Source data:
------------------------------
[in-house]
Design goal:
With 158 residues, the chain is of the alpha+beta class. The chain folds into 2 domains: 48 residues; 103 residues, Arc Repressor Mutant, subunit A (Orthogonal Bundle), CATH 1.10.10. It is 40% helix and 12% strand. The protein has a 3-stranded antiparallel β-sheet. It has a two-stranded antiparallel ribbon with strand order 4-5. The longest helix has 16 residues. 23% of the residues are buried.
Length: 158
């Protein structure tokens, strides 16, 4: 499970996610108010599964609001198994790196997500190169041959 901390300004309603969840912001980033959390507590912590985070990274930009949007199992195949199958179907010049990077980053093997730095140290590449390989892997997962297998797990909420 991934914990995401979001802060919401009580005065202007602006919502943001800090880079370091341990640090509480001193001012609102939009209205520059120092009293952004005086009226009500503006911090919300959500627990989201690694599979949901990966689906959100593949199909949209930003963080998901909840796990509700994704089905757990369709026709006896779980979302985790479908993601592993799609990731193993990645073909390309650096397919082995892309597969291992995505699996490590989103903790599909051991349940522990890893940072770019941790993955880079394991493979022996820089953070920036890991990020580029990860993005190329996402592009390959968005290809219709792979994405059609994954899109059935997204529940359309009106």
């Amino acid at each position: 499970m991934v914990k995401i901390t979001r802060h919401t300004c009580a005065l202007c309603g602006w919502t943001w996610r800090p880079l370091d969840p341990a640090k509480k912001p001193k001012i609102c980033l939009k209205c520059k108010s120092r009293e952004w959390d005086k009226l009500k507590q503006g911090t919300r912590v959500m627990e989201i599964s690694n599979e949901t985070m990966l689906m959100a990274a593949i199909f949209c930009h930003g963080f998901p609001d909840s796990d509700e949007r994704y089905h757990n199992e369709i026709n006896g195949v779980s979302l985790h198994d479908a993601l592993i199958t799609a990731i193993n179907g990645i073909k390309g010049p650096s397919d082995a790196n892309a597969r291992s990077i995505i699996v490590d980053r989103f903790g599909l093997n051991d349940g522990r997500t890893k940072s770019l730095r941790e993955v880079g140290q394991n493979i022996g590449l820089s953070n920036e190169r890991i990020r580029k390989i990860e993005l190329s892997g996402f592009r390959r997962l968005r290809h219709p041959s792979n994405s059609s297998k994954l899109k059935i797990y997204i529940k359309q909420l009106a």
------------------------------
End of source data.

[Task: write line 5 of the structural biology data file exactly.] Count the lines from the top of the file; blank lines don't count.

């Protein structure tokens, strides 16, 4: 499970996610108010599964609001198994790196997500190169041959 901390300004309603969840912001980033959390507590912590985070990274930009949007199992195949199958179907010049990077980053093997730095140290590449390989892997997962297998797990909420 991934914990995401979001802060919401009580005065202007602006919502943001800090880079370091341990640090509480001193001012609102939009209205520059120092009293952004005086009226009500503006911090919300959500627990989201690694599979949901990966689906959100593949199909949209930003963080998901909840796990509700994704089905757990369709026709006896779980979302985790479908993601592993799609990731193993990645073909390309650096397919082995892309597969291992995505699996490590989103903790599909051991349940522990890893940072770019941790993955880079394991493979022996820089953070920036890991990020580029990860993005190329996402592009390959968005290809219709792979994405059609994954899109059935997204529940359309009106």